A German court has convicted eight people who were involved in operating a data center at a former NATO bunker.

Among the illegal services allegedly hosted at the German data center were Cannabis Road, Fraudsters, Flugsvamp, Flight Vamp 2.0, orangechemicals, and the world's second-largest narcotics marketplace, Wall Street Market.

A large-scale attack on Deutsche Telekom routers in November 2016 is also thought to have been controlled via servers hosted there.

Bunker Police
– German Police

The 'CyberBunker' facility in Traben-Trarbach, western Germany, was raided by more than 600 police officers in September 2019.

Built by the West German military in the 1970s, the site was used by the Bundeswehr’s meteorological division until 2012. A year later, it was sold to Herman-Johan Xennt, who told locals he would build a web-hosting business there.

Xennt had already operated a different CyberBunker out of a former NATO bunker in the Dutch town of Goes, which he bought in 1995 and is thought to have primarily hosted pornography there. The facility is thought to have been part-financed by George 'The Penguin' Mitchell, once one of Ireland's most successful drug importers.

The Dutchman rented out part of that facility to another user, and in 2002 there was an explosion, which burned Xennt's hands and face. The user had been making Ecstacy, and Xennt's business license was taken away - but he was not charged, as he said he thought he was subletting to a painting company.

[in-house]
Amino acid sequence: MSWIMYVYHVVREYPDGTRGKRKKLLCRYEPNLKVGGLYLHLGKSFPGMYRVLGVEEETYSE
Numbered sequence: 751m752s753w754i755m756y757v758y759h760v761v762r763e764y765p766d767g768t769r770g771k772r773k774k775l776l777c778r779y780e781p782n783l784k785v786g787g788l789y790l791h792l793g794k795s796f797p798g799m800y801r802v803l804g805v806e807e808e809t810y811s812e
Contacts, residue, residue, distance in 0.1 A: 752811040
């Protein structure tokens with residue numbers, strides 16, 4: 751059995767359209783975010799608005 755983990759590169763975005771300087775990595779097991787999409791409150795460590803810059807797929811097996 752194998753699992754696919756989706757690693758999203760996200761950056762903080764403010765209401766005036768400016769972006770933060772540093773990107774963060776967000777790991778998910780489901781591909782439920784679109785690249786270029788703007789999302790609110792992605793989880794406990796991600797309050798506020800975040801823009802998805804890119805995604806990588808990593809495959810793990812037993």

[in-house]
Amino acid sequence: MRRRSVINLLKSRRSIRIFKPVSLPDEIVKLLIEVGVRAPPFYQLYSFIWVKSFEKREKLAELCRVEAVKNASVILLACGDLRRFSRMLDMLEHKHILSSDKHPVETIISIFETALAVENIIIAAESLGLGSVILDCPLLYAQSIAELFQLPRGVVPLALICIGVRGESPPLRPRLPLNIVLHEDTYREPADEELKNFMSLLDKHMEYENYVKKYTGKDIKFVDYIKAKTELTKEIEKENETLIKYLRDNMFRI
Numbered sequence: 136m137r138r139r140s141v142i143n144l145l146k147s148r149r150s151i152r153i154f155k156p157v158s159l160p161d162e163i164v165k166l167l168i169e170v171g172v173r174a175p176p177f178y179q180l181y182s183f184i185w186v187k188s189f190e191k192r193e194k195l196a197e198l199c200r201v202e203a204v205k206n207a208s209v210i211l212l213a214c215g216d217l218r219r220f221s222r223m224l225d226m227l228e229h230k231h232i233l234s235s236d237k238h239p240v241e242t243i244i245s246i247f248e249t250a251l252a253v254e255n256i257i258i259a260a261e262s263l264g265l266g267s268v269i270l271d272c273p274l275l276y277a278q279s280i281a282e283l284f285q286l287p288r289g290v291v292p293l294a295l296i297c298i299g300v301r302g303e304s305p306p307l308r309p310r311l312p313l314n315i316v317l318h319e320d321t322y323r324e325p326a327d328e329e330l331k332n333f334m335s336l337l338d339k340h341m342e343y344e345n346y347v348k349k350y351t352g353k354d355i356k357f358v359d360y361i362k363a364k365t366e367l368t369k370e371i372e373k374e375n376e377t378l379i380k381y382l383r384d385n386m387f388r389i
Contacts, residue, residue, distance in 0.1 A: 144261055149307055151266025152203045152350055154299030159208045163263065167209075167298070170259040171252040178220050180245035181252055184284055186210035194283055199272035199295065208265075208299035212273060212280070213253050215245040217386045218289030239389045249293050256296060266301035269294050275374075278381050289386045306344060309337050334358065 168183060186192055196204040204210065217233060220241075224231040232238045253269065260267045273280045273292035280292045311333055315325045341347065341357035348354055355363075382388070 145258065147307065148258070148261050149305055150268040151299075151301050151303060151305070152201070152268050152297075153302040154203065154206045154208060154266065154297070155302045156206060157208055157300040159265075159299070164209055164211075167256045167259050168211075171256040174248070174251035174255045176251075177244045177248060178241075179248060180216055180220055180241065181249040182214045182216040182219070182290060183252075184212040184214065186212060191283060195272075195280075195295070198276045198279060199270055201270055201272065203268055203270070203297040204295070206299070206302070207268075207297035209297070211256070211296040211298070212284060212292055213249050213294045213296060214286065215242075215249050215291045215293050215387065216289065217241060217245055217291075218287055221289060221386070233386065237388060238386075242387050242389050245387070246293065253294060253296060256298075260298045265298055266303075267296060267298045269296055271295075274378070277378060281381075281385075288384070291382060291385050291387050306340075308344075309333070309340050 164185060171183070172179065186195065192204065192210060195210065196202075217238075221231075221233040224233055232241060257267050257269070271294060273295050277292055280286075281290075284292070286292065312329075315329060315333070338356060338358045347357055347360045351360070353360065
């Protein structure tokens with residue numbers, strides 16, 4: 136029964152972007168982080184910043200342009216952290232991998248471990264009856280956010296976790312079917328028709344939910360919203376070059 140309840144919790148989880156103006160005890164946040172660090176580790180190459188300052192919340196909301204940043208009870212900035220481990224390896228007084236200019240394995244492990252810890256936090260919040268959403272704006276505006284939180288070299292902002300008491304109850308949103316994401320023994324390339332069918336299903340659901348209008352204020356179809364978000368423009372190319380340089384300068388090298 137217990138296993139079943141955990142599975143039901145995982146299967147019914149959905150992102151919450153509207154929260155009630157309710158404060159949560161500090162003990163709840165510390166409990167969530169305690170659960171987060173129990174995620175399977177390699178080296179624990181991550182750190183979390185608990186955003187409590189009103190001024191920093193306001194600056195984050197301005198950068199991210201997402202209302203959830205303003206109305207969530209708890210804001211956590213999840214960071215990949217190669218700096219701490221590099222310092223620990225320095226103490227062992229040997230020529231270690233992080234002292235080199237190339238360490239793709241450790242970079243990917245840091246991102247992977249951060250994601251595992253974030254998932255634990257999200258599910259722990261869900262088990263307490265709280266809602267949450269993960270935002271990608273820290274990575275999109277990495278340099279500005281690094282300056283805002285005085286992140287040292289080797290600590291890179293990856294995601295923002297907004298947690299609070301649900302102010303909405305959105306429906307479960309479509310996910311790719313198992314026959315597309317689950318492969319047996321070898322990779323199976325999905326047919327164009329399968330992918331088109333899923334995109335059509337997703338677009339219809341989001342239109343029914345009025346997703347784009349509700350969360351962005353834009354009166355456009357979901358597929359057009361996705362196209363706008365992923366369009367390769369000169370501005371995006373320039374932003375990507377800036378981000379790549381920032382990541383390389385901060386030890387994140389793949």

After the explosion, the company moved to sites over ground. During this period, it briefly hosted groups like WikiLeaks and The Pirate Bay.

CyberBunker's history caught the attention of senior German prosecutor, Jörg Angerer, but it took more than a year for formal investigations to begin. By 2015, a German cybercrime unit was called in.

Later that year, the group tapped a cable going into the data center, copying data going in and out. On the unencrypted data, they were able to find illegal web pages involved in drugs, fraud, and other criminal activities.

As detailed by The New Yorker, the cybercrime unit bought thousands of dollars of Bitcoin and created a website that looked like a scammy lottery. They then sought to host it on the CyberBunker, to prove that the company actively helped clients it knew were committing crimes.

With this, and other information gathered during the investigation, police raided the facility. They knew that everybody at the bunker would be out for a celebration dinner as one of the employees had recently inherited.

At the data center, police seized 403 servers, 412 hard drives, 65 USBs, 61 laptops and computers, 57 phones, and about a hundred thousand euros in cash.

Following a trial that lasted more than a year, Xennt was sentenced to five years and nine months in prison. Seven other defendants were given sentences ranging from four years and three months in prison to a one-year suspended sentence.

They were convicted of forming and membership in a criminal organization, but were all acquitted of being accessories to around 250,000 crimes that were allegedly commited on sites hosted by the data center.

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